The Court of Appeal has refused the Claimant permission to appeal in the case of Mark Ross v Lyjon Co Limited.

The appellate court found there was no arguable basis on which the court could interfere with the first instance conclusions of His Honour Judge Wood; that Noise Induced Hearing Loss (NIHL) is not a progressive condition that can deteriorate even after exposure to noise has come to an end.

The grounds for appeal were that the learned judge had wrongly distinguished Keefe v The Isle of Man Steam Packet Co. Ltd (2010) EWCA Civ 683 and not followed comments in Harris v BRB (2005) EWCA Civ 900.

The Defendant had admitted breach of duty. The Claimant argued that the learned judge should have followed the reasoning in both these cases and reversed the burden of proof, when deciding the issue of causation, on the basis that the Defendant had evidence available to them to challenge the Claimant’s allegations regarding the extent of his exposure. The Claimant suggested that the learned judge could infer the causation of the NIHL, as there was no other cause for the hearing loss put forward by the medical experts, and the audiogram result was consistent with NIHL.

However, the grounds for appeal did not challenge the learned judge's conclusions that the audiogram was accurate or that the Claimant had failed to prove latent damage was a probability, rather than a possibility. Therefore it was hard to see how the Court of Appeal would have been persuaded to intervene in these decisions of fact to allow the appeal to proceed.

What can we learn?

  • The decision is good news for insurers. The proposition that there is possible latent damage to hearing caused by noise exposure would have been a departure from the received wisdom and the way in which NIHL litigation has been conducted for many years.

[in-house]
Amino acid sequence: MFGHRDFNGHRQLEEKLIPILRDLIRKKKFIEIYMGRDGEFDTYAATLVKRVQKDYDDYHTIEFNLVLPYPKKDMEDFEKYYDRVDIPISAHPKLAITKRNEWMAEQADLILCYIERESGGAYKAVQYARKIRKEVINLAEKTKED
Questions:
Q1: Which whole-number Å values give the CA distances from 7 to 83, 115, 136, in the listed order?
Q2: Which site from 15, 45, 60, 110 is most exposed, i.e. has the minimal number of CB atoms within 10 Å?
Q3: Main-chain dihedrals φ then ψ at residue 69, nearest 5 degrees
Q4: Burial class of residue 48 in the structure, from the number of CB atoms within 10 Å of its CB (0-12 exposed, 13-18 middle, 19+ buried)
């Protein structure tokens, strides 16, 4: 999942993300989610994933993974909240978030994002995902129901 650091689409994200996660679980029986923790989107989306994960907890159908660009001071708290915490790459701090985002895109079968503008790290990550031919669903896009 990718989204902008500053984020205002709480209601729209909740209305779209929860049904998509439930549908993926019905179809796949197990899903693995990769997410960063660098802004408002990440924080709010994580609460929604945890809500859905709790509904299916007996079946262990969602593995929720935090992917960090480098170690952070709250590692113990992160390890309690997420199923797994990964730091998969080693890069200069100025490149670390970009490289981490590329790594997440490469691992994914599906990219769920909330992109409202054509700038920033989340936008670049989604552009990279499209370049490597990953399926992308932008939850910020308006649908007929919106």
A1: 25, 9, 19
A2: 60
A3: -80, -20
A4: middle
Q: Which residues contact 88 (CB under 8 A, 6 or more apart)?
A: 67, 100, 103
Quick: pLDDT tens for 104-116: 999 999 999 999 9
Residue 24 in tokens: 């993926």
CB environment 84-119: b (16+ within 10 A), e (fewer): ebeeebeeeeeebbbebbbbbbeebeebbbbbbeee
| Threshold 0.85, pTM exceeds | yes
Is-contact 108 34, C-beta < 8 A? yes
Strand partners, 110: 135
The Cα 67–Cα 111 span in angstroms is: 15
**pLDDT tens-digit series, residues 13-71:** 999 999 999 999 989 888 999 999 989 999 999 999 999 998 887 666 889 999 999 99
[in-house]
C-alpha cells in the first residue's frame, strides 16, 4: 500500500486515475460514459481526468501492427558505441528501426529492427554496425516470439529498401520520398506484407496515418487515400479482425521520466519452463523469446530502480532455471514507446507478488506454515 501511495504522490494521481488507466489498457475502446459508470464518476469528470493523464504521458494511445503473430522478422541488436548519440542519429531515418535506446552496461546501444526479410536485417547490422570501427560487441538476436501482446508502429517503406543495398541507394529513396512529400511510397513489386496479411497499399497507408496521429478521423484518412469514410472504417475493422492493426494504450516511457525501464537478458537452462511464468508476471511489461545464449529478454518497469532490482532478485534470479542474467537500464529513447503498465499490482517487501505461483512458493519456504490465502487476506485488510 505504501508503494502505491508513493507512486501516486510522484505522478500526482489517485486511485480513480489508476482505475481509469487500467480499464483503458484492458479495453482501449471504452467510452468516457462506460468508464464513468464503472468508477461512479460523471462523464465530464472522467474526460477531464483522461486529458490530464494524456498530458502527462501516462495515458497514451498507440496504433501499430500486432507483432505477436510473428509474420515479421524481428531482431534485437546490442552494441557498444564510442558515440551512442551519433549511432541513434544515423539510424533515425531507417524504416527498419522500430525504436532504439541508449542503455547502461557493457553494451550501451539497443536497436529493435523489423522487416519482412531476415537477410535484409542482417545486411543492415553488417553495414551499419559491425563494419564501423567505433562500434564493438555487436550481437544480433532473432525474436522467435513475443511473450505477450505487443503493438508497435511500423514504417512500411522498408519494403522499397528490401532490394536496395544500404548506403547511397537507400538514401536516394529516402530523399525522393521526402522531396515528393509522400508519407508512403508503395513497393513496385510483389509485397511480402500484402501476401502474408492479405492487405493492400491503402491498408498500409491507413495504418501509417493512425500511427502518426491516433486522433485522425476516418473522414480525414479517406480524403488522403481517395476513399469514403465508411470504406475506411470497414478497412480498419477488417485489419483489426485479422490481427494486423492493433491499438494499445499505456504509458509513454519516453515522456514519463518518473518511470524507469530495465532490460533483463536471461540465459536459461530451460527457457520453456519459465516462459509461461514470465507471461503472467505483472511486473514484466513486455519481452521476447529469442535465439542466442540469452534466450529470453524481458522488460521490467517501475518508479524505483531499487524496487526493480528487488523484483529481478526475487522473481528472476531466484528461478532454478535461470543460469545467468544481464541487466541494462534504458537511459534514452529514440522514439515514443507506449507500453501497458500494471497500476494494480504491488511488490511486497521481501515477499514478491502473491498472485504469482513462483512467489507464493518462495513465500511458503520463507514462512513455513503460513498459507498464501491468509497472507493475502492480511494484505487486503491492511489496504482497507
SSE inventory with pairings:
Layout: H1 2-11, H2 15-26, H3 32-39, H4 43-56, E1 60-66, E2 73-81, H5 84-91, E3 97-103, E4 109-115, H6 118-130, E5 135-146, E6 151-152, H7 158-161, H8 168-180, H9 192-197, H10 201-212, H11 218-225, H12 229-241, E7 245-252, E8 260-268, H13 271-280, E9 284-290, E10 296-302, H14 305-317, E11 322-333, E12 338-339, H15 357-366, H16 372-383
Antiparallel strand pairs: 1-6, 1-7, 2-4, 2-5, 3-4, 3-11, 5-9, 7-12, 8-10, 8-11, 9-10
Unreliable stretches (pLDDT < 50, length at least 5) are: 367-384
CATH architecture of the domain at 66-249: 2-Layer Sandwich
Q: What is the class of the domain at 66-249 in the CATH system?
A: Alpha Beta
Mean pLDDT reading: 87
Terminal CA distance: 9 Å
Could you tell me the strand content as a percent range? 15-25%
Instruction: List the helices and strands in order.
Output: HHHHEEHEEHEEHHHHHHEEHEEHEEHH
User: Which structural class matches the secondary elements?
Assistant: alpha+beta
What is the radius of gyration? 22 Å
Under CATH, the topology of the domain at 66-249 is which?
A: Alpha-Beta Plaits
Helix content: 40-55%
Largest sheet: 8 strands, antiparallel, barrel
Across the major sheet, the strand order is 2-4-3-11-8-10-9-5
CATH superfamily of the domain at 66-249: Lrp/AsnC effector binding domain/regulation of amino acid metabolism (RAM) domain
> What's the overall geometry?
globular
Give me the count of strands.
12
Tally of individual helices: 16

• As the first instance Judge noted, "An argument of latent damage, that is hearing loss without audiometric threshold measurement, has the potential to send shockwaves through the insurance industry if successful. The fear would be that the conventional method for diagnosing occupational deafness and assessing disability would be cast aside, with the possibility of an avalanche of claims based upon the simple premise that an individual had worked in a noisy environment and now has difficulty in discriminating some speech where there was a background of noise."
  • Had this appeal not been refused and the decision overturned by the Court of Appeal, it is likely that insurers would have seen an increase in the number of claims presented. A Defendant’s ability to defend claims on the basis of limitation and de minimis would have been undermined, leading to a significant drop in repudiations rates.
  • Limitation: If the Claimant had been successful, defendants' ability to argue that a claimant is statute barred would be compromised. The defences of "date of knowledge" of "significant" symptoms under Section 14 and "length and reasons for the delay" under Section 33(3) of the Limitation Act 1980 would be largely negated. Given the difficulties encountered in mounting arguments on breach of duty and the increasing reluctance of courts to allow defendants to have their own medical evidence, limitation remains one of the most powerful tools available to insurers. Any weakening of the present position would be very damaging and likely to lead to injustice.
  • De minimis: Claimants would also be able to argue that lower levels of loss would be actionable on the basis that the noise element of the hearing loss will or might deteriorate.
  • Claimants would also be able to argue that clear audiometry results completed during the period of employment are not representative of whether noise damage had actually occurred. Cases which would otherwise be defended on the basis of no breach of duty may no longer be so defended.
  • The conventional approach to apportionment between defendants would also be undermined. Defendants responsible for earlier periods of exposure, prior to the manifestation of symptoms may argue that symptoms would not have developed but for the later noise exposure, as has been seen in HAVS litigation.
  • It should be noted that the case is fact specific and a decision has to be made upon the evidence presented, of which general scientific research is only a small part. An appellate court judgment on the applicability of latency issues more generally would clarify this issue and further test cases on the issue of latency cannot be ruled out. However this is a significant setback for claimants and it is hoped ATE insurers asked to back such costly cases in the future will be further deterred by this decision.